The 5.500 Democrat delegates launched a vigorous defence of President Barack Obama on Tuesday and urged voters to give him another term to fix the economy as they opened their national convention with sharp criticism of Republican hopeful Mitt Romney.
A host of speakers at the gathering in Charlotte attacked Romney for his business record, refusal to release more tax returns and for spearheading a Republican war on women.
The Democrats even choreographed a swipe at the former executive from beyond the grave, by playing a video of late Senator Ted Kennedy getting the better of Romney during a debate in the 1994 election campaign for Kennedy's Senate seat.
The convention gives Obama a chance to seize the political spotlight from his rival who held his own nominating convention in Tampa last week, and offer a roadmap of how he would rekindle strong job growth.
While Obama himself is expected to concentrate on his own vision for the economy during his acceptance speech in a 74,000-capacity football stadium on Thursday night, many speakers took full aim at Romney.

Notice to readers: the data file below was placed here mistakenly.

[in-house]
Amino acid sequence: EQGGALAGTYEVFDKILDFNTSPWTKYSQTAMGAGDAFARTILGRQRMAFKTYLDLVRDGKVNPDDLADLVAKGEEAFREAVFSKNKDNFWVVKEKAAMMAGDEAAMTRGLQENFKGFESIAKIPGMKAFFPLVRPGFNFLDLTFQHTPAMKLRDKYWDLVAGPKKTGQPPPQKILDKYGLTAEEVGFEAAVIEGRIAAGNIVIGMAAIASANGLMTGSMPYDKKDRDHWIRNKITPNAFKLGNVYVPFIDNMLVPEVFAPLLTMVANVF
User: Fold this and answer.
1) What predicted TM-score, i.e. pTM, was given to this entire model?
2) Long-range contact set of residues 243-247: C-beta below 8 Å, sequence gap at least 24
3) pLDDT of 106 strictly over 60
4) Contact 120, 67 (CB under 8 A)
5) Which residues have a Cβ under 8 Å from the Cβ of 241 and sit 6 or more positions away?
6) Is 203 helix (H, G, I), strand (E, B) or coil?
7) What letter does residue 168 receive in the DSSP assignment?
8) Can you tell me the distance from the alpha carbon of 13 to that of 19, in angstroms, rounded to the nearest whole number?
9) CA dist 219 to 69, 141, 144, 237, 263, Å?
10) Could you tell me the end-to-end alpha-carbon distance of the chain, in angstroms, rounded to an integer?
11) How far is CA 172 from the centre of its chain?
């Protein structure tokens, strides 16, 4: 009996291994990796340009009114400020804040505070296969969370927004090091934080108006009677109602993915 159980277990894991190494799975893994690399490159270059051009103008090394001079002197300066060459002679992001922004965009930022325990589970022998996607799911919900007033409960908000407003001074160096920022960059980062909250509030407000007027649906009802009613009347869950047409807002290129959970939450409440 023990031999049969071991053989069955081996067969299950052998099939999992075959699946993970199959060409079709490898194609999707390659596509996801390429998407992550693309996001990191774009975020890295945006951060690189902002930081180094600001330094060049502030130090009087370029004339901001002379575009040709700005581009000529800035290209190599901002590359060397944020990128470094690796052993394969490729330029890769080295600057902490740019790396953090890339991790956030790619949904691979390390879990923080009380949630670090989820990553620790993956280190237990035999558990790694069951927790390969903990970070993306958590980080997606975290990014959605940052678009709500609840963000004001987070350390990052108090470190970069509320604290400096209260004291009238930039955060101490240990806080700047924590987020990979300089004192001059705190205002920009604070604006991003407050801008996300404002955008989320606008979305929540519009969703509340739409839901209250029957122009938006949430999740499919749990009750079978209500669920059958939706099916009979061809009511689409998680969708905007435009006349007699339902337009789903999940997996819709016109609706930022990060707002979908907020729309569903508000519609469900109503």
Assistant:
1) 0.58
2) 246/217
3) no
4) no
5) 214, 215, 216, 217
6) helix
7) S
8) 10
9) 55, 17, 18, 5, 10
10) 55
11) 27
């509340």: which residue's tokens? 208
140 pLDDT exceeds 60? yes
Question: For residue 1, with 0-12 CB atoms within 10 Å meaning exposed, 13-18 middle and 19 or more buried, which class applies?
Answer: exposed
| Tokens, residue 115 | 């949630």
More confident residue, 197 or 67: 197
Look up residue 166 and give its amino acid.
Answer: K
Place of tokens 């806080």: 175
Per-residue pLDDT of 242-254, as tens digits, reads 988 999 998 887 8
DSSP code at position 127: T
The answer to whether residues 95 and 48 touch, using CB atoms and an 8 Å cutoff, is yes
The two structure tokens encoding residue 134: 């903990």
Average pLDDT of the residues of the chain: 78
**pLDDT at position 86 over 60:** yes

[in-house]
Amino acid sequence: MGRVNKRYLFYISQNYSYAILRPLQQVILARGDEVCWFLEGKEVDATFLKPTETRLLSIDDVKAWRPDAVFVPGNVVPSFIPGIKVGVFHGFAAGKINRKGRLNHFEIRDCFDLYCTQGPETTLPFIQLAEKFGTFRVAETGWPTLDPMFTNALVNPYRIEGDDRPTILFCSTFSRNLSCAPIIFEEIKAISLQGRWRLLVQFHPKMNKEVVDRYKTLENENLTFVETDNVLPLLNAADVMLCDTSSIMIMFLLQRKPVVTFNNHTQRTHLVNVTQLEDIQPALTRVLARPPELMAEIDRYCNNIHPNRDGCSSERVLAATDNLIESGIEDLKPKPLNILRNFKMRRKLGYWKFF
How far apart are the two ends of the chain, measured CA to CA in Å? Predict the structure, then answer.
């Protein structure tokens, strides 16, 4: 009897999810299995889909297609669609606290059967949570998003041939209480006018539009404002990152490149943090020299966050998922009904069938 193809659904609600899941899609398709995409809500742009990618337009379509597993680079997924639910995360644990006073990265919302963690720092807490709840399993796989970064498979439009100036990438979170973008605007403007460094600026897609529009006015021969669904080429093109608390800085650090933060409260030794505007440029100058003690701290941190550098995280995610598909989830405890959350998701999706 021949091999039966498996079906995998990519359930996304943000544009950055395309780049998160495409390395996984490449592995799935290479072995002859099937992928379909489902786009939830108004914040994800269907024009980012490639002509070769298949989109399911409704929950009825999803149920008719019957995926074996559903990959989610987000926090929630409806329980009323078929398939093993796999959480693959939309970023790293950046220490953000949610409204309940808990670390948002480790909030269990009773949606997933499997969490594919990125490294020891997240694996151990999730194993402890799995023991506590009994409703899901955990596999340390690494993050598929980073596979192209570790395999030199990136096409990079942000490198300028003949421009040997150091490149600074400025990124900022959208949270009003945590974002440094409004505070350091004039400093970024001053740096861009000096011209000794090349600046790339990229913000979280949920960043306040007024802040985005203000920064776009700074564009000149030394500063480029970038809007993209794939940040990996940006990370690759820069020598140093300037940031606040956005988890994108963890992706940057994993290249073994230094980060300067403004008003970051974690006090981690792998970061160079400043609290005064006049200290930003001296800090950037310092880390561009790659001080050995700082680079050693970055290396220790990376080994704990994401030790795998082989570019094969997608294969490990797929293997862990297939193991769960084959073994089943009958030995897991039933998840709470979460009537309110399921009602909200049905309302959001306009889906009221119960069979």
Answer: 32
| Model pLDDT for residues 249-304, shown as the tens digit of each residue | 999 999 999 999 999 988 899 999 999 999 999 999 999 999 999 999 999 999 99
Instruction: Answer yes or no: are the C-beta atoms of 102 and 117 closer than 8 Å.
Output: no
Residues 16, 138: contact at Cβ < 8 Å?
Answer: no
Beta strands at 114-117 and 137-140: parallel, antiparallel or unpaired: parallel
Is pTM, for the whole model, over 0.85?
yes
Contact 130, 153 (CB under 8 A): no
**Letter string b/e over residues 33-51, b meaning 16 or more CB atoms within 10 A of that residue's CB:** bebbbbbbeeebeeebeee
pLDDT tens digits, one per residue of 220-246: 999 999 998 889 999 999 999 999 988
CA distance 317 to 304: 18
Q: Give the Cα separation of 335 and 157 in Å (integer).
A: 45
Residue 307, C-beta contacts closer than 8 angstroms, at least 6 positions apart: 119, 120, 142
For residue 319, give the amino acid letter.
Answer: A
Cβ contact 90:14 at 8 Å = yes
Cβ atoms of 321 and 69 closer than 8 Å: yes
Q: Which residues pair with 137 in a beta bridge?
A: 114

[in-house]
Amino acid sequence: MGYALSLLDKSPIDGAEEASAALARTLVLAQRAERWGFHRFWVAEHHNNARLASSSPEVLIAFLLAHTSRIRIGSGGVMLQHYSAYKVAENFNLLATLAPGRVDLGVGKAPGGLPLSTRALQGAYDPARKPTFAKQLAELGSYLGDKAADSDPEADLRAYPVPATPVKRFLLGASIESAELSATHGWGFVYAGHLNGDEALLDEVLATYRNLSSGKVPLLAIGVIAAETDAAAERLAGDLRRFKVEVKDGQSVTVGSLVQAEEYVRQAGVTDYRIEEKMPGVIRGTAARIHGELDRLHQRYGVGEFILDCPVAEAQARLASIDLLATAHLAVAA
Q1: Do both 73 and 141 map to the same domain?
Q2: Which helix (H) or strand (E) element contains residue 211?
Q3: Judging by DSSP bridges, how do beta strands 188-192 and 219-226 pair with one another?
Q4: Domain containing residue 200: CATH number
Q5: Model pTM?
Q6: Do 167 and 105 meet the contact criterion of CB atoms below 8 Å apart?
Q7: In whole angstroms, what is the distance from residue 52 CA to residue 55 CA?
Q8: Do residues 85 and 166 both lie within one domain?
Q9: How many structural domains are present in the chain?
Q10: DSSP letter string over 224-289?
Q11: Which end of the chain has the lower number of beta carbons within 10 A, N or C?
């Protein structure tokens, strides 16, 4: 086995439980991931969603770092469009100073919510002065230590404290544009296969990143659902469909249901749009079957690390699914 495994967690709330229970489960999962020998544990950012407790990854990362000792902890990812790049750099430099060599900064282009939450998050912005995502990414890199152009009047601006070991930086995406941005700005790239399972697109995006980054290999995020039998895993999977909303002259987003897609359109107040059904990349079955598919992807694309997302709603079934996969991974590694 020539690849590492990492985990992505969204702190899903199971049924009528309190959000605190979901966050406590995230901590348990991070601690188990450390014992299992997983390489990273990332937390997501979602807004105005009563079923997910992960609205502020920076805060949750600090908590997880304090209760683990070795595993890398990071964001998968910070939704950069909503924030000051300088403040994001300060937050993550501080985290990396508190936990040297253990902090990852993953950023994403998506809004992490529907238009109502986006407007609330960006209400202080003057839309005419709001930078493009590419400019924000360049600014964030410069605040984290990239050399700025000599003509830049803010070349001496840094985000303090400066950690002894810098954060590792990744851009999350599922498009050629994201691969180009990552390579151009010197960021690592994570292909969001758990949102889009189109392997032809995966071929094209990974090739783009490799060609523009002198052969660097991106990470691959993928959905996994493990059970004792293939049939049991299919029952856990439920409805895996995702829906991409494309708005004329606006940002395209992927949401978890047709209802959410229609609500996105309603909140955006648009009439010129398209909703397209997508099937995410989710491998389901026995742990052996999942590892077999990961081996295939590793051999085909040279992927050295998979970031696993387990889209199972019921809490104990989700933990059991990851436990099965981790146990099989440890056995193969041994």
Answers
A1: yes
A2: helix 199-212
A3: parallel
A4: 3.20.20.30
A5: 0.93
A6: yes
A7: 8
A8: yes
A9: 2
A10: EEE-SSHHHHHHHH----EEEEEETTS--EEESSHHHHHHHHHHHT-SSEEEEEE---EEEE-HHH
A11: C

One of the most exuberant attackers was Senate Majority Leader Harry Reid, who recently made a controversial claim that the former Massachusetts governor had paid no income taxes for 10 years, which was shot down by Romney. Reid took up the tax argument again at the convention.
Mitt Romney says we should take his word that he paid his fair share? His word? Trust comes from transparency, and Mitt Romney comes up short on both, Reid said.
About two dozen Democratic women members of the House of Representatives and congressional candidates took the stage together to knock the Republicans for their opposition to abortion rights.
Seeking to further strengthen Obama's advantage with women, Hispanic Americans and young voters, the Democratic speakers hailed the president for promoting health care reforms, supporting gay marriage, and ending deportations of some young illegal immigrants.
First lady Michelle Obama offered a personal perspective on why her husband should be re-elected, telling the convention that the same values she fell in love with guide him each day in the White House.
In the end, for Barack, these issues aren't political -- they're personal, Mrs. Obama said, adding: Barack knows the American Dream because he's lived it, and he wants everyone, everyone in this country to have the same opportunity, no matter whom we are, or where we're from, or what we look like, or who we love.